Franklin Huang

About Franklin Huang

African-American men have higher incidence and death rates from prostate cancer compared to Caucasian men. Disease grade at presentation is more advanced and cancers are diagnosed at a younger age in African-American men.

The precise reason(s) for this disparity are generally unknown but might be related to various lifestyle, environmental, socioeconomic, and genomic factors.

Dr. Franklin Huang will systematically assess genomic alterations that occur in prostate cancers from African-American men and identify and characterize novel cancer-associated genes.

His preliminary studies have identified a novel putative tumor suppressor gene which is mutated in a subset of African-American patients, and these studies will evaluate the tumor suppressor functions of this gene.

If successful, this project will identify new therapeutic targets for prostate cancer in African-American men and expand the understanding of prostate cancer biology.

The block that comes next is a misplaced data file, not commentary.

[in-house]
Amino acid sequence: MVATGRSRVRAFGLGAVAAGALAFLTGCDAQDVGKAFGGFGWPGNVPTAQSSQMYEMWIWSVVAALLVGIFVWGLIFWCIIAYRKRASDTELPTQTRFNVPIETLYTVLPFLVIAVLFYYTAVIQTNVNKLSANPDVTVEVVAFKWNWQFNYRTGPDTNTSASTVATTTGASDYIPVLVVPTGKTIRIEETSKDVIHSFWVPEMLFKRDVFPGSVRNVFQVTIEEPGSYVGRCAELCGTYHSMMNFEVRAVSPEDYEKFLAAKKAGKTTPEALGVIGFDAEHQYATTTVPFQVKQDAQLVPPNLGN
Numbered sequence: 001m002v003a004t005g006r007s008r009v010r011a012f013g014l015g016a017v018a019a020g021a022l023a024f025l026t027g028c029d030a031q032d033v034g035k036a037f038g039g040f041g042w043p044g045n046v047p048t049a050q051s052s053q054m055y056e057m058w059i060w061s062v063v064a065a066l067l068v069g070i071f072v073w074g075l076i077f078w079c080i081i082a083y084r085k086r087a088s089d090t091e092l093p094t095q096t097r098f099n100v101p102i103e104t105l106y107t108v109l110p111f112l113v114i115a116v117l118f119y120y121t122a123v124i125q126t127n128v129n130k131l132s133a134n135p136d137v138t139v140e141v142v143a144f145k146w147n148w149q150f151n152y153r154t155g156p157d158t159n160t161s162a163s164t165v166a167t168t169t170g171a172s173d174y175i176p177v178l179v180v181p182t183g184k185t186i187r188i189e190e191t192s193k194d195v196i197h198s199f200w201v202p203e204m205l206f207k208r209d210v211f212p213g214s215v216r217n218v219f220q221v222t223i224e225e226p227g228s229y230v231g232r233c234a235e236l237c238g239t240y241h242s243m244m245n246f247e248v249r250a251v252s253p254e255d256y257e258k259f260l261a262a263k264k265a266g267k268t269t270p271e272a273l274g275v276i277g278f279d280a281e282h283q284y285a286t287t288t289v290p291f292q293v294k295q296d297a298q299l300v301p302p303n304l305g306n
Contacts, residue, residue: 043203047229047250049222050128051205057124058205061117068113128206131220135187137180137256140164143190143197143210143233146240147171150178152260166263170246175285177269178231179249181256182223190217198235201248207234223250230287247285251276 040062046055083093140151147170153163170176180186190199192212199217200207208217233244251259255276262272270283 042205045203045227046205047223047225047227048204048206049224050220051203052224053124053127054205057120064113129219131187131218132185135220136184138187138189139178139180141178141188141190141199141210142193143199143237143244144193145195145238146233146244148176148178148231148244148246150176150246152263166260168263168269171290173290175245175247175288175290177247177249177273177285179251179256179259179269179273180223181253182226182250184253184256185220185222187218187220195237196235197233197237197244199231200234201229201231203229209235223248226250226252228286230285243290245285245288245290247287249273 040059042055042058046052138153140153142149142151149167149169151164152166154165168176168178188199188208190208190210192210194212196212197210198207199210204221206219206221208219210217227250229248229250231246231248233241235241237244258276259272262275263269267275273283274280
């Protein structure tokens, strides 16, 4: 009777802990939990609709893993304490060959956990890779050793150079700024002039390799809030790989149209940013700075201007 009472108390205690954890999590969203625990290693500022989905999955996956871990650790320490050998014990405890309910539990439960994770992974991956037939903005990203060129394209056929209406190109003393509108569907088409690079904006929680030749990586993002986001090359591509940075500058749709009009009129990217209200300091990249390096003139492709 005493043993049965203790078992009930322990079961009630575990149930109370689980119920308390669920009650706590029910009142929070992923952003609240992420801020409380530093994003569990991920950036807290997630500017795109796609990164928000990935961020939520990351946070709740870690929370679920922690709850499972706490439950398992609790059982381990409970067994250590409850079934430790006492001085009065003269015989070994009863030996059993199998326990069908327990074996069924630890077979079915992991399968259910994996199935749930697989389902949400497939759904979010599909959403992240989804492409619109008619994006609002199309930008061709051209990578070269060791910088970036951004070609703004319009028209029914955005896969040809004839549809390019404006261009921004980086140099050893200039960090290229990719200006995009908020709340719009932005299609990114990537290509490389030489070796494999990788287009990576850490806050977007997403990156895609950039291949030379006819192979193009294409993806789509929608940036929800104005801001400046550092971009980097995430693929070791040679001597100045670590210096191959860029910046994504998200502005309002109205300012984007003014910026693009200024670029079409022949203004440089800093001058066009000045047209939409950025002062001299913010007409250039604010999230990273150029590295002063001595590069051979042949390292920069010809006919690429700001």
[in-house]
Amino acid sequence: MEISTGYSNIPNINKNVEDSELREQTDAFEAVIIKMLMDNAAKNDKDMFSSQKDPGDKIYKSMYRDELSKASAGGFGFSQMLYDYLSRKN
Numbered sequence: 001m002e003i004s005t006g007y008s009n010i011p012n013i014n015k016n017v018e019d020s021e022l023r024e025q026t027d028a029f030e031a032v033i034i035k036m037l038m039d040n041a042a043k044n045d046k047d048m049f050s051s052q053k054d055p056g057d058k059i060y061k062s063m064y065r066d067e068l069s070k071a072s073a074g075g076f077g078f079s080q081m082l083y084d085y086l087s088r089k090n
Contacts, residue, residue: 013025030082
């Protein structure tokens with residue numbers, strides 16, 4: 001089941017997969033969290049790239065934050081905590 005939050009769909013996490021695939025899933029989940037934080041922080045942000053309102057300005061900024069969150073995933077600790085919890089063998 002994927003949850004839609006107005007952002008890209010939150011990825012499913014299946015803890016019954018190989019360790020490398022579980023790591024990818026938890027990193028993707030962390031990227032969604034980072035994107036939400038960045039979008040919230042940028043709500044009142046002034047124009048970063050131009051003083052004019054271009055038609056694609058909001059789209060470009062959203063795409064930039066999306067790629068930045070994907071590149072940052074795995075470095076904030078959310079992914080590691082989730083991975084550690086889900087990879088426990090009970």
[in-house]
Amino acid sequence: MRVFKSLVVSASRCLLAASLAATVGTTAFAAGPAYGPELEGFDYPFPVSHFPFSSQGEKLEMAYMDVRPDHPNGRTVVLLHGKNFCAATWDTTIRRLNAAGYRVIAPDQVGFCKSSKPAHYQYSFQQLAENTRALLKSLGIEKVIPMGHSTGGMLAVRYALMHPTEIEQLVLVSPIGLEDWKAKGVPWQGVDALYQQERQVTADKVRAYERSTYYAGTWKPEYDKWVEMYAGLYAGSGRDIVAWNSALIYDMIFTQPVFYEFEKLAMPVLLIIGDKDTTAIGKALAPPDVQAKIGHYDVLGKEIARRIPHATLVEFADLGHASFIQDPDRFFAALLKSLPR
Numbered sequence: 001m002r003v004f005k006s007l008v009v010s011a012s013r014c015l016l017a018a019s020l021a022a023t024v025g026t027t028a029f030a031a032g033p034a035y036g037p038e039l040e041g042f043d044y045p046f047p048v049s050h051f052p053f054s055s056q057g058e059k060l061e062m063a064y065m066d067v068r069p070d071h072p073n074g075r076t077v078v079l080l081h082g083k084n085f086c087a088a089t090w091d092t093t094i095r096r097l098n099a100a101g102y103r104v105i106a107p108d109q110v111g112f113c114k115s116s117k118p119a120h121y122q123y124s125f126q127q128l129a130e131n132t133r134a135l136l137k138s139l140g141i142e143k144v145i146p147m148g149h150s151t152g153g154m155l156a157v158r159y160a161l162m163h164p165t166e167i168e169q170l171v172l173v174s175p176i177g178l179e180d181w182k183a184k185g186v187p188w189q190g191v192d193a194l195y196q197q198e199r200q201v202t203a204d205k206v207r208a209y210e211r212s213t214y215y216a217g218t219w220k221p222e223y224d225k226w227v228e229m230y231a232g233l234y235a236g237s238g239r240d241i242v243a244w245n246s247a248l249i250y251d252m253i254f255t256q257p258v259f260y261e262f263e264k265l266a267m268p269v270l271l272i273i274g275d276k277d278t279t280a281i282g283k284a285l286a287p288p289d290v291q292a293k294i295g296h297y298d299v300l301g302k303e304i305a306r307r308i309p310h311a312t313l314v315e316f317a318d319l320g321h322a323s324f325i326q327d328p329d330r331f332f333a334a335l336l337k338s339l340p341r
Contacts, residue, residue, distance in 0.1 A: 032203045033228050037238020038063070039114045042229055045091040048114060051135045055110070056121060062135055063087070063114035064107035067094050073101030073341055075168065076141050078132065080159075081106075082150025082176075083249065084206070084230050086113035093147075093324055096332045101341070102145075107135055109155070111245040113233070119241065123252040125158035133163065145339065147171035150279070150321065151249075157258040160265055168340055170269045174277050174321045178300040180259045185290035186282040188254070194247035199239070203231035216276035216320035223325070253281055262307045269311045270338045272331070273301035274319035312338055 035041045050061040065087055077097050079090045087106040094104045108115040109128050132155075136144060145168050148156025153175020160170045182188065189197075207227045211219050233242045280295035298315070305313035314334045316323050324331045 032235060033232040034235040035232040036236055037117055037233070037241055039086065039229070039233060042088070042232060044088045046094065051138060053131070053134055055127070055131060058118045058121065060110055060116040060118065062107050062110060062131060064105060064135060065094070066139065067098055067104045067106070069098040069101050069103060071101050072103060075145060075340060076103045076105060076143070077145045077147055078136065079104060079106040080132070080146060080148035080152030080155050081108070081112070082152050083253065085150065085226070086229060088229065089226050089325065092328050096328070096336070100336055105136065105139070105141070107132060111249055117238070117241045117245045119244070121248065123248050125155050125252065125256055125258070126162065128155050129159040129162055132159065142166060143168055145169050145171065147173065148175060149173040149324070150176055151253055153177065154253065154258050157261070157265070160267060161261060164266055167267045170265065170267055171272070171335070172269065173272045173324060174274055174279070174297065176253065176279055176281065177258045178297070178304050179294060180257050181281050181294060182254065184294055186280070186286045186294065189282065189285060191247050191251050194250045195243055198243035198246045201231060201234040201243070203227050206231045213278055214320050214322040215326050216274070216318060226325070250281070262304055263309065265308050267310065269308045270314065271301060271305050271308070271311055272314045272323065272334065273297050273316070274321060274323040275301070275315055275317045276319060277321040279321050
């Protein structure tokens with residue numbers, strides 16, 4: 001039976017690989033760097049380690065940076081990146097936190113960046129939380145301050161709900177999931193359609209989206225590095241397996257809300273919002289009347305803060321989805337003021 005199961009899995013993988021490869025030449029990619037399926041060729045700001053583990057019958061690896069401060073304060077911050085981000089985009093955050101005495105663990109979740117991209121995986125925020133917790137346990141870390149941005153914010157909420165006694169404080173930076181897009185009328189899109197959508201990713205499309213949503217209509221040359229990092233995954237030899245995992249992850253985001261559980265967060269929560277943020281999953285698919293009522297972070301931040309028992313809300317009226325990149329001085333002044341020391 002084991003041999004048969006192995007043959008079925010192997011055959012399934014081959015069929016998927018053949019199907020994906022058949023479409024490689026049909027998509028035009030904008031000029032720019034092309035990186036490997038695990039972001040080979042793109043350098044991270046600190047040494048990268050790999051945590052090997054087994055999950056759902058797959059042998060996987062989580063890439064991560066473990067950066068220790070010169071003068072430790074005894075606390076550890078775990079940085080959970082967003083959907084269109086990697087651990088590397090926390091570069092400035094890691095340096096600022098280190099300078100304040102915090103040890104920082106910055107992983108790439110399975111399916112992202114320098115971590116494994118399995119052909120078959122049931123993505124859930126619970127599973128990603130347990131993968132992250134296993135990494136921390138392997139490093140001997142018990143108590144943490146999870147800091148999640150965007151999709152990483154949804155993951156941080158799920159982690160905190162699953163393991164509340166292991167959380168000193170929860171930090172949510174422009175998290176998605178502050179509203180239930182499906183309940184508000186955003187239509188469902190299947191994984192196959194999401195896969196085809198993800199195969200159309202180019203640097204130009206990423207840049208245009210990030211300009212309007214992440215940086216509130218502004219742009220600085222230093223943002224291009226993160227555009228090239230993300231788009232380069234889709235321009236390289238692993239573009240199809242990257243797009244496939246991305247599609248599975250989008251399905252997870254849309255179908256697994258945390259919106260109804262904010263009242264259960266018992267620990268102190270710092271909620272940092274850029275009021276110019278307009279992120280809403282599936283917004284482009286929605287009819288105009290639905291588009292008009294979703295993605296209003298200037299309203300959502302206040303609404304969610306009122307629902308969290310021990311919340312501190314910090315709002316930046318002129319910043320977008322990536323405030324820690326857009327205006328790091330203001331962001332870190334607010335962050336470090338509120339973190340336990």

What this means for patients: African-American men have a higher risk for lethal prostate cancer. Characterizing the unique biology of prostate tumors in these patients will lead to discoveries of new therapies and improve patient outcome.

Award

2014 Stewart Rahr-PCF Young Investigator

Franklin Huang, MD, PhD

Dana-Farber Cancer Institute

Mentors:

Levi Garraway, MD, PhD

Proposal Title:

Investigating the Genomics of African-American Prostate Cancer